Adobe has announced Adobe Document Cloud, a new way to manage critical documents at home, in the office and across multiple devices.
At the heart of Document Cloud is the all-new Adobe Acrobat DC, which will take e-signatures mainstream by delivering free e-signing as part of the integrated solution.
Adobe Document Cloud consists of a set of integrated services that use a consistent online profile and personal document hub. People will be able to create, review, approve, sign and track documents whether on a desktop or mobile device. Acrobat DC, with a touch-enabled user interface, will be available both via subscription and one-time purchase.
“People and businesses are stuck in document-based processes that are slow, wasteful, and fragmented. While most forms of content have successfully made the move to digital (books, movies, music), documents and the process of working with them have not, and that needs to change,” said Bryan Lamkin, senior vice president of technology and corporate development at Adobe. “Adobe Document Cloud will revolutionize and simplify how people get work done with critical documents.”
A study by Adobe titled Paper Jam: Why Documents are Dragging Us Down, has exposed how antiquated business processes and outdated ways of working with documents are having a dramatic impact on productivity, efficiency and worker satisfaction. The findings show that 83% of workers feel their success and ability to be productive at work are slowed down by outdated ways of working with documents, and 61% said they would change jobs if the only benefit was dramatically less document and administrative work. It’s a problem that businesses can no longer afford to ignore.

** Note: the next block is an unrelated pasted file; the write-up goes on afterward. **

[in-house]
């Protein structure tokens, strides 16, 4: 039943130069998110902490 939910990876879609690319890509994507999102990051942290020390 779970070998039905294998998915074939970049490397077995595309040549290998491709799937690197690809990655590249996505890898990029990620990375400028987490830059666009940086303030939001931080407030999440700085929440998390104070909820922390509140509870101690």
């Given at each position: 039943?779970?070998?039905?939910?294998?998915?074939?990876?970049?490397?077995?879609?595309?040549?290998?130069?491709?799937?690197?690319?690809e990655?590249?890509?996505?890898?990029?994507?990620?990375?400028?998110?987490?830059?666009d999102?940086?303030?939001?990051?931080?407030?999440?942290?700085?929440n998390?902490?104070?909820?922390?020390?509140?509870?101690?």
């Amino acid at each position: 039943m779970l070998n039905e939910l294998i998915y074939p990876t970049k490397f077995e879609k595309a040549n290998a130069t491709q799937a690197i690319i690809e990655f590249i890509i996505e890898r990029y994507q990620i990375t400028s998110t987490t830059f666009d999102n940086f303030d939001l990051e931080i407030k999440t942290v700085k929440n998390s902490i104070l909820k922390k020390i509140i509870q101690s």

Adobe Document Cloud will include:
· All-new Acrobat DC
With Acrobat DC, Adobe is taking the world’s best PDF solution to an entirely new level. With an intuitive, touch-enabled interface, Acrobat DC delivers powerful new functionality to get work done anywhere. The new Tool Center offers simplified and quick access to the tools you use most. And, Acrobat DC uses Photoshop imaging magic to convert any paper document into a digital, editable file that can be sent for signature. Read to discover more about Acrobat DC
· E-signing Anywhere, for Everyone
eSign Services (formerly Adobe EchoSign) will be included with every subscription of Acrobat DC, which is part of both Document Cloud and Adobe Creative Cloud. Now you can electronically send and sign any document from any device. New Fill & Sign makes signing anything fast and easy, including smart autofill across devices.
· Introducing Mobile Link and New Mobile Apps
Access your work as you move between desktop and devices, and pick up that form or document where you left off with new Mobile Link – your files, settings and signatures stay with you. With two new mobile apps, Acrobat Mobile and Fill & Sign, people can create, edit, comment and sign documents directly on their mobile phones and tablets. Plus, use the camera on your device as a portable scanner to easily convert any paper documents to digital, editable files that can be sent for signature.
· Document Management & Control
Services such as Send & Track let you manage, track and control your documents. With intelligent tracking, you gain visibility into where critical documents are along their process, including who has opened them and when. Control features also help to protect sensitive information, both inside and outside the firewall, for business or personal use.